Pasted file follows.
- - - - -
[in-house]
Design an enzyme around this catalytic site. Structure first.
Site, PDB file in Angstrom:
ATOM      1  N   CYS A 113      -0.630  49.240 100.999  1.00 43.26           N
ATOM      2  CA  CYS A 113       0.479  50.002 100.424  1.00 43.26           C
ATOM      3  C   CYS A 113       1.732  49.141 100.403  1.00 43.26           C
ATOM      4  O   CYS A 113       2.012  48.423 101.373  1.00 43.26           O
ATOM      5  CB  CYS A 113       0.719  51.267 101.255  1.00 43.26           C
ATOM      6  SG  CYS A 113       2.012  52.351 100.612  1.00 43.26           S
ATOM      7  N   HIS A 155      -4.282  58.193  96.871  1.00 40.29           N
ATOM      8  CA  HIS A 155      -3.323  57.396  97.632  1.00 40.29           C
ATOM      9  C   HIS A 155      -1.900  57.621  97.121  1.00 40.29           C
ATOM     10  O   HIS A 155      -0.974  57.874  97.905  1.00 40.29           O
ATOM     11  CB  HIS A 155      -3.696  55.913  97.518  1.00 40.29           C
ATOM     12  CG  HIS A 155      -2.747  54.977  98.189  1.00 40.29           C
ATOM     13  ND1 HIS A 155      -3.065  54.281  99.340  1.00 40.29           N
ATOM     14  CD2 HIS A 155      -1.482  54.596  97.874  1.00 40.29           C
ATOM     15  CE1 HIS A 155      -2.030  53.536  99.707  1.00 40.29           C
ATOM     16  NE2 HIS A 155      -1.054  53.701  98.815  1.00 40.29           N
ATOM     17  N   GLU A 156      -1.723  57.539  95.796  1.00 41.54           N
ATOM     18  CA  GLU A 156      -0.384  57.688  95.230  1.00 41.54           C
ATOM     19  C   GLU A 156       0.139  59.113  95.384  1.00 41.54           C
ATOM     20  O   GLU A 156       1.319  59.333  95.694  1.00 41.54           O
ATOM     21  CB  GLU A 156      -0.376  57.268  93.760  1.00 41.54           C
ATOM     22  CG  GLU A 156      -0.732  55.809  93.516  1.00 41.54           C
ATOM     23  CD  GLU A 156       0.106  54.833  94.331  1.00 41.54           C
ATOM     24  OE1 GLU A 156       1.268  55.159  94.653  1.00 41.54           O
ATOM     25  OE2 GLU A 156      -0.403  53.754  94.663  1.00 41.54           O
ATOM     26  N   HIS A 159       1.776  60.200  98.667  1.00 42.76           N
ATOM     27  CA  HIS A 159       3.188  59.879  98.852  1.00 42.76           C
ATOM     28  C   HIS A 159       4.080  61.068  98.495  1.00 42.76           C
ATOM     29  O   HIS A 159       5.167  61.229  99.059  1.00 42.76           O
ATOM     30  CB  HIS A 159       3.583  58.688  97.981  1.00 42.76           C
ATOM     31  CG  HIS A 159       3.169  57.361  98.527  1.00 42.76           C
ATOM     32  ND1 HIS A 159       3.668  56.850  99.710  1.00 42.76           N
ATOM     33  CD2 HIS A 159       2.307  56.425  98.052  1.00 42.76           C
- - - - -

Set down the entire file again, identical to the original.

[in-house]
Design an enzyme around this catalytic site. Structure first.
Site, PDB file in Angstrom:
ATOM      1  N   CYS A 113      -0.630  49.240 100.999  1.00 43.26           N
ATOM      2  CA  CYS A 113       0.479  50.002 100.424  1.00 43.26           C
ATOM      3  C   CYS A 113       1.732  49.141 100.403  1.00 43.26           C
ATOM      4  O   CYS A 113       2.012  48.423 101.373  1.00 43.26           O
ATOM      5  CB  CYS A 113       0.719  51.267 101.255  1.00 43.26           C
ATOM      6  SG  CYS A 113       2.012  52.351 100.612  1.00 43.26           S
ATOM      7  N   HIS A 155      -4.282  58.193  96.871  1.00 40.29           N
ATOM      8  CA  HIS A 155      -3.323  57.396  97.632  1.00 40.29           C
ATOM      9  C   HIS A 155      -1.900  57.621  97.121  1.00 40.29           C
ATOM     10  O   HIS A 155      -0.974  57.874  97.905  1.00 40.29           O
ATOM     11  CB  HIS A 155      -3.696  55.913  97.518  1.00 40.29           C
ATOM     12  CG  HIS A 155      -2.747  54.977  98.189  1.00 40.29           C
ATOM     13  ND1 HIS A 155      -3.065  54.281  99.340  1.00 40.29           N
ATOM     14  CD2 HIS A 155      -1.482  54.596  97.874  1.00 40.29           C
ATOM     15  CE1 HIS A 155      -2.030  53.536  99.707  1.00 40.29           C
ATOM     16  NE2 HIS A 155      -1.054  53.701  98.815  1.00 40.29           N
ATOM     17  N   GLU A 156      -1.723  57.539  95.796  1.00 41.54           N
ATOM     18  CA  GLU A 156      -0.384  57.688  95.230  1.00 41.54           C
ATOM     19  C   GLU A 156       0.139  59.113  95.384  1.00 41.54           C
ATOM     20  O   GLU A 156       1.319  59.333  95.694  1.00 41.54           O
ATOM     21  CB  GLU A 156      -0.376  57.268  93.760  1.00 41.54           C
ATOM     22  CG  GLU A 156      -0.732  55.809  93.516  1.00 41.54           C
ATOM     23  CD  GLU A 156       0.106  54.833  94.331  1.00 41.54           C
ATOM     24  OE1 GLU A 156       1.268  55.159  94.653  1.00 41.54           O
ATOM     25  OE2 GLU A 156      -0.403  53.754  94.663  1.00 41.54           O
ATOM     26  N   HIS A 159       1.776  60.200  98.667  1.00 42.76           N
ATOM     27  CA  HIS A 159       3.188  59.879  98.852  1.00 42.76           C
ATOM     28  C   HIS A 159       4.080  61.068  98.495  1.00 42.76           C
ATOM     29  O   HIS A 159       5.167  61.229  99.059  1.00 42.76           O
ATOM     30  CB  HIS A 159       3.583  58.688  97.981  1.00 42.76           C
ATOM     31  CG  HIS A 159       3.169  57.361  98.527  1.00 42.76           C
ATOM     32  ND1 HIS A 159       3.668  56.850  99.710  1.00 42.76           N
ATOM     33  CD2 HIS A 159       2.307  56.425  98.052  1.00 42.76           C